In the earlier traditional design process, there were 3 levels of mockups and the component or subsystem engineer had to freeze his design in these 3 attempts. With the EPIC system, he could fine tune his design multiple times until there was a “freeze” to permit the tooling or manufacturing engineers to proceed with their design activity. The EPIC system together with the CATIA models also helped the 777 designers to reduce variety of parts by 25% by using parts already designed for another subassembly (Snyder, Charles, R., et al, 1998, p35).
Boeing also utilized a Knowledge Based Engineering (KBE) system from Concentra Inc. with in conjunction with code developed by Boeing in-house. This system checked the evolving design of the plane to known rules and standards to ensure that there were no violations. For example, the FAA rules on final stress analysis were part of the KBE system ensuring that no component design would violate those limits. Similarly computer simulations of passenger seating and aisle clearances were applied at all stages to ensure that these did not end up requiring rework of design (Miller, David, E., 1998).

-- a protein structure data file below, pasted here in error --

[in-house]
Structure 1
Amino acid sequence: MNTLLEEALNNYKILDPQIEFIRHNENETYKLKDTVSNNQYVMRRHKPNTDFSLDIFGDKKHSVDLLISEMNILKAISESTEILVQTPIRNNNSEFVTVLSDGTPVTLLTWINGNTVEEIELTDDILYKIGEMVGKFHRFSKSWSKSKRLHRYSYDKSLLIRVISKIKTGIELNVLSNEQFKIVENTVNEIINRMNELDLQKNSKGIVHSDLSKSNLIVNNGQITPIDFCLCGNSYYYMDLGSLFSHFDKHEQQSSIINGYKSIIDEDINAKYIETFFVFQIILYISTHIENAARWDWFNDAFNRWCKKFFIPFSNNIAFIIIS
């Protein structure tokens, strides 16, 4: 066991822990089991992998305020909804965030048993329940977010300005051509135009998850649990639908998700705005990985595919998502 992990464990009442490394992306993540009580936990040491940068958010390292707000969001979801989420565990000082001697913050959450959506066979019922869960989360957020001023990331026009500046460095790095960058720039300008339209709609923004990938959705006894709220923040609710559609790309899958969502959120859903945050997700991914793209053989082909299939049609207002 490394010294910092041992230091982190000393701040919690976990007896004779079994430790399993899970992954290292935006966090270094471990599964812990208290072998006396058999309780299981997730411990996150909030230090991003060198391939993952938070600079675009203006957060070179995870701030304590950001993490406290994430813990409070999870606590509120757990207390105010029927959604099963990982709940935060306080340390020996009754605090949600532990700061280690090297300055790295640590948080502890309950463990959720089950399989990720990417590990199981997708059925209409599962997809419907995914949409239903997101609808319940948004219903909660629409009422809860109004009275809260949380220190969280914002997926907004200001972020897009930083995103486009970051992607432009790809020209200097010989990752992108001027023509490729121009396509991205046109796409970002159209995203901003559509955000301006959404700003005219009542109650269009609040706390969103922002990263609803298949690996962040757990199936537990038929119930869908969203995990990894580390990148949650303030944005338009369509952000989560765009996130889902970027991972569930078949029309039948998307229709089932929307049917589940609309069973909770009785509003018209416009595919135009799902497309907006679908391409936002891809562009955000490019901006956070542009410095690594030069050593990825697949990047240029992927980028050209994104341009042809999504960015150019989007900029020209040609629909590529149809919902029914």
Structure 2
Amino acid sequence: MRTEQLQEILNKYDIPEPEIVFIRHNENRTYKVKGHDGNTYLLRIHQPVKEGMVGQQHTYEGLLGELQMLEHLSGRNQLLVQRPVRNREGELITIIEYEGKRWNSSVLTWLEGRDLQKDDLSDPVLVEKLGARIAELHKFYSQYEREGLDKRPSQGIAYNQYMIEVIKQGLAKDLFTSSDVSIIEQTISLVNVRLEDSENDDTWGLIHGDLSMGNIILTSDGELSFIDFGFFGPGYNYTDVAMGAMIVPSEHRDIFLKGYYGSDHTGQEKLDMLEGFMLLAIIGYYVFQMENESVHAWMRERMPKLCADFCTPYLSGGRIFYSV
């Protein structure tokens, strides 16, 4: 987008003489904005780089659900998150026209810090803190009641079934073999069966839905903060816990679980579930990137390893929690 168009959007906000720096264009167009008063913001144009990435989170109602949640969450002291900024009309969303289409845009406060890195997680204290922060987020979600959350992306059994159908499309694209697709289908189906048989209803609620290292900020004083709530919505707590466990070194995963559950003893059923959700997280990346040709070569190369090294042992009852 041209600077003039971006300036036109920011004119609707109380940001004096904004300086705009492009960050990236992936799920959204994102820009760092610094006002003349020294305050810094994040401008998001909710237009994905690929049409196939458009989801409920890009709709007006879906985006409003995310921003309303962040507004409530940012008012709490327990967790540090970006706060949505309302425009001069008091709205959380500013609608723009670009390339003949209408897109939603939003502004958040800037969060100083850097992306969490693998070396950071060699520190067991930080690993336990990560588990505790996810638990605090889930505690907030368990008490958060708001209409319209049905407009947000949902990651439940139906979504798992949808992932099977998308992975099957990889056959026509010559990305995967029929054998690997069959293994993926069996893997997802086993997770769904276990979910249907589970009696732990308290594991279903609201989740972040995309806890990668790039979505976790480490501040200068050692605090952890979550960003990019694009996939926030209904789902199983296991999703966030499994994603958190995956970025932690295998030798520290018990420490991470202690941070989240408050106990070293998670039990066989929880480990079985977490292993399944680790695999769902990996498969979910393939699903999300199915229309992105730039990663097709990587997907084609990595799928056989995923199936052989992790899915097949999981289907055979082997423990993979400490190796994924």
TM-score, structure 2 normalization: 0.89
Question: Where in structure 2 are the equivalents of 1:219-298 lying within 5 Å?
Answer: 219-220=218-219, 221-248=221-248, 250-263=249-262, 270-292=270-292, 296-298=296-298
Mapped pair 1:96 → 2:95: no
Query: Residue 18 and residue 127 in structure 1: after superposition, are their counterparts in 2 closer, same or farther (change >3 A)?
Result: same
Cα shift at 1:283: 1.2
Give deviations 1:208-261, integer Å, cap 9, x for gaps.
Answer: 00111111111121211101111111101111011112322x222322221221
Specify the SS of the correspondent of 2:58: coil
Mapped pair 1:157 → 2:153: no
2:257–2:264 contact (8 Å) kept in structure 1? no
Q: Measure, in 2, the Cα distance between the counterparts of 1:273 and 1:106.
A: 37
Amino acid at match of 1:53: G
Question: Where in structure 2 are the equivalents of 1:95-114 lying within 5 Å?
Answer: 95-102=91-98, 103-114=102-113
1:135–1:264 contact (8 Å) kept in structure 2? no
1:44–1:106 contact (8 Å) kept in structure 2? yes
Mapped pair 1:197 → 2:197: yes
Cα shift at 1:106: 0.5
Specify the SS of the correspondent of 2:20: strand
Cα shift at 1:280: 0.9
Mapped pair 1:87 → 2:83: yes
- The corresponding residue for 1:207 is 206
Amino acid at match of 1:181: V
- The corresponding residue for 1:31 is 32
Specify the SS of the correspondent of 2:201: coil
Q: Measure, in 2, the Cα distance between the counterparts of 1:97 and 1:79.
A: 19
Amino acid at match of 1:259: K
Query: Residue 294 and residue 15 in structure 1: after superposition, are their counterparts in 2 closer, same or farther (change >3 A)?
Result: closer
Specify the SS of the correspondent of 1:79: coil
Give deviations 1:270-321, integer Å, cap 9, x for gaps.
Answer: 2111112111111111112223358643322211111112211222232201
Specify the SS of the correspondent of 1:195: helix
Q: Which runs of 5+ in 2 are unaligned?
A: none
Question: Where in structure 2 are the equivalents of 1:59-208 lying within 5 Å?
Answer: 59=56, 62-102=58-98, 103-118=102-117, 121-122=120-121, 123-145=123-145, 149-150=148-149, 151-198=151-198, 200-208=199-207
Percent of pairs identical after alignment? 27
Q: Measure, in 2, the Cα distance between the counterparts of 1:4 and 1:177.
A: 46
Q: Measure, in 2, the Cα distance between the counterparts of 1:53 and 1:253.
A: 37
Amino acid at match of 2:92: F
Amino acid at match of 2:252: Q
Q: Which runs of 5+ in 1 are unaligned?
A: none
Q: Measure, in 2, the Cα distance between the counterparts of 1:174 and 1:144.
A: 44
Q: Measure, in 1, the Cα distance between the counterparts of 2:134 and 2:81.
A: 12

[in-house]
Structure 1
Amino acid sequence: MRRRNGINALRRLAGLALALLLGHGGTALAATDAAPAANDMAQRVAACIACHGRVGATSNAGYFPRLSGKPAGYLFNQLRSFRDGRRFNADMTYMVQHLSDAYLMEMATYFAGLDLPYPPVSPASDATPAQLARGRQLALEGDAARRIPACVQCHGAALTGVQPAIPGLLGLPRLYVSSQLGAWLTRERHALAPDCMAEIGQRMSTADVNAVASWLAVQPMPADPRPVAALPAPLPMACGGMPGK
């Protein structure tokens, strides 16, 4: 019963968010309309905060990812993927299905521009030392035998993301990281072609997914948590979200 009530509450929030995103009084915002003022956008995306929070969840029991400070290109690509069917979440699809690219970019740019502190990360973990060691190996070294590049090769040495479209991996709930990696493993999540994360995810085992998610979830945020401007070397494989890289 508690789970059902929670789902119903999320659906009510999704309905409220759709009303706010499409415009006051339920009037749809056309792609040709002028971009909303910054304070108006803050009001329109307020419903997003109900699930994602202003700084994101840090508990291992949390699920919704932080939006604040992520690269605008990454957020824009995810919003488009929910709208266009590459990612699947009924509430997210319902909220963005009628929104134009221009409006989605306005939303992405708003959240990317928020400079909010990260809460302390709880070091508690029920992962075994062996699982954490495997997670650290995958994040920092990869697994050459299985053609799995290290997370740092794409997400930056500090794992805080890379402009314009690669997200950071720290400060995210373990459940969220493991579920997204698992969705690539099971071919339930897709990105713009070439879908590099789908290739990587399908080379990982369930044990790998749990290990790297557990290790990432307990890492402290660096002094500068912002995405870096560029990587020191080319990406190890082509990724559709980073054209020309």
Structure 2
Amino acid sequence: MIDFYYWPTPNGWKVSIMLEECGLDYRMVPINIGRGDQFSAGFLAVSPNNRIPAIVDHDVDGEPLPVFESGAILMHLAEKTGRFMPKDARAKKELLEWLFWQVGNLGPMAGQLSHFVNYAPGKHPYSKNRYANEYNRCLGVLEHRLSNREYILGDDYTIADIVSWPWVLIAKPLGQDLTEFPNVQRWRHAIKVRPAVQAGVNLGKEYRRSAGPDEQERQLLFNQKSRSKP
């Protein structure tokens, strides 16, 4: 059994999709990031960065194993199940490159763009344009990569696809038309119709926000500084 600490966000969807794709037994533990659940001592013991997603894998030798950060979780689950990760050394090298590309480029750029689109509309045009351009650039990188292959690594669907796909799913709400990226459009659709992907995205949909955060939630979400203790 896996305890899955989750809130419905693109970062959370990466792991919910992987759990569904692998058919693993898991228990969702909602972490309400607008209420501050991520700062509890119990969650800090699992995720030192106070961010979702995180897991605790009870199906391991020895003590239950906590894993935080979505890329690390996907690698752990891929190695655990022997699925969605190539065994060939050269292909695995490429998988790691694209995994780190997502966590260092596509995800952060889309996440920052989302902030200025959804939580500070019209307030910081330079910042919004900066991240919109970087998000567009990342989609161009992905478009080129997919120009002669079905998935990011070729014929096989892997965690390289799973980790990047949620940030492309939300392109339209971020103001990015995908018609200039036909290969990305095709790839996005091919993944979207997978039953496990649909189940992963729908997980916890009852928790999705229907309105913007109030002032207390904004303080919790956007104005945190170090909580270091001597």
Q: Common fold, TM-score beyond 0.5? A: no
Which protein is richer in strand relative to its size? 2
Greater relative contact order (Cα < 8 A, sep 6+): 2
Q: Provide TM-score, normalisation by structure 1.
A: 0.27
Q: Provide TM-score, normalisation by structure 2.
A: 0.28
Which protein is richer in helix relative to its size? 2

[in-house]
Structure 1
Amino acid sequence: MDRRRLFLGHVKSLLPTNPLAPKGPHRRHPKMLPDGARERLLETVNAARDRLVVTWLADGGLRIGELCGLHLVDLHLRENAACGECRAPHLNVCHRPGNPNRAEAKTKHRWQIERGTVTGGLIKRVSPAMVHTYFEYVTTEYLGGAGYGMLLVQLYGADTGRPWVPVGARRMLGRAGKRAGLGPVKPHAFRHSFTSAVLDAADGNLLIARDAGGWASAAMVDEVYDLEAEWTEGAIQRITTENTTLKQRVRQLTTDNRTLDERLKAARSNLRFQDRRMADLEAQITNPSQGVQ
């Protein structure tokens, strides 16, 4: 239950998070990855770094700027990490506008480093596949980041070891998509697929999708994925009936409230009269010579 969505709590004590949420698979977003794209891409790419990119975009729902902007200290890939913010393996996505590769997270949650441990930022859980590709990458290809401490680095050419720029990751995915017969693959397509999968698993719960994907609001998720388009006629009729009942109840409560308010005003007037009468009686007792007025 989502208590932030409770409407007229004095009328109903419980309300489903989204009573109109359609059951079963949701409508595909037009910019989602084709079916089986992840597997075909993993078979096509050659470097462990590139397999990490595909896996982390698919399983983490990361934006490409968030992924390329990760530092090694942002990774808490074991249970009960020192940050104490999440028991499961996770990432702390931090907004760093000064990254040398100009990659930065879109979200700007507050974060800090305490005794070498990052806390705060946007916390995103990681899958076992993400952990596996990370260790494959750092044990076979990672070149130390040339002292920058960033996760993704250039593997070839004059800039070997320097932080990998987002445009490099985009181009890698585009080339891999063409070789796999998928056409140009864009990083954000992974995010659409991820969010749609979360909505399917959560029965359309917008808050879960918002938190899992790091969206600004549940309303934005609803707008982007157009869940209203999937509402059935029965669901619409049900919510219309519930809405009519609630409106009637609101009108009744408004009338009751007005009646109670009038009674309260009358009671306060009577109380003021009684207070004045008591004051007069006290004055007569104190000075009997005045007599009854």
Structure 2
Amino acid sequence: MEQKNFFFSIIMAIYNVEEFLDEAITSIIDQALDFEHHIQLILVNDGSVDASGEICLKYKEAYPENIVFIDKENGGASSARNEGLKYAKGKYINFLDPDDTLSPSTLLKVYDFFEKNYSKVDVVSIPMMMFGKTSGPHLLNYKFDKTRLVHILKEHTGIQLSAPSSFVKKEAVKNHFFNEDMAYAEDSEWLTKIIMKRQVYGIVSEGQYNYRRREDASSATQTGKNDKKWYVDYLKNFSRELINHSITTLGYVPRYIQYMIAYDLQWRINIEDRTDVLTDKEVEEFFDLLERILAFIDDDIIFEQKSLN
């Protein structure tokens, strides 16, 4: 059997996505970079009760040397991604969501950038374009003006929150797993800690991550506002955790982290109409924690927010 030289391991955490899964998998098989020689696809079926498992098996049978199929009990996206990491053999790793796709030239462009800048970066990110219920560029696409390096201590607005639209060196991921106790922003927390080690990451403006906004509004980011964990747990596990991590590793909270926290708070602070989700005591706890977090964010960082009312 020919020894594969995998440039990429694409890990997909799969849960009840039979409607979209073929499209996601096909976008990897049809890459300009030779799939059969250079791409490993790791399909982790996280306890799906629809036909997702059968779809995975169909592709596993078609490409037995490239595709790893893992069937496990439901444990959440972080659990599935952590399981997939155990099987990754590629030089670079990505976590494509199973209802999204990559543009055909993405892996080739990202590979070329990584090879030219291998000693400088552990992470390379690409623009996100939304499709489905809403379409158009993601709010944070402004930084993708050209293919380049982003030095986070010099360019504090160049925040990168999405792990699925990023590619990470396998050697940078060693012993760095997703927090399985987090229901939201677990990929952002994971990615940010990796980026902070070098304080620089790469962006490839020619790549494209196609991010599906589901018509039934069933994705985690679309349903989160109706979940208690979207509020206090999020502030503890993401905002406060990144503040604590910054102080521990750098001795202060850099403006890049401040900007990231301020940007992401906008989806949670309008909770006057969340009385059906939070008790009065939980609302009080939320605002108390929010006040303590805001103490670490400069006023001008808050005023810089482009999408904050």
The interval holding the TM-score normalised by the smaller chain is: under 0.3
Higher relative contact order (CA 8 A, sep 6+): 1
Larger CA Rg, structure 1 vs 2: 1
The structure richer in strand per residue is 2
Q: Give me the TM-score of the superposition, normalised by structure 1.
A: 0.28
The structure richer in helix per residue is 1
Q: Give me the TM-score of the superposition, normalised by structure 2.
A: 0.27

d) Enhanced Validation
The improvements in the design and product realization phase of the design project required to be matched by validation of the designs at an early stage so that there are no failures encountered in testing. Boeing created a $ 370 million Integrated Aircraft systems laboratory to simulate full flight conditions on the ground. A total of 57 major aircraft systems, 3,500 line replaceable units and 20,000 parts were tested and integrated into the aircraft design.
Complementary use of wind tunnel tests with CFD (Computational Fluid Dynamics) analysis resulted in better wing design than in previous planes. The number of wind tunnel tests could be reduced from 77 to 38 (Ball, Doug, 2008).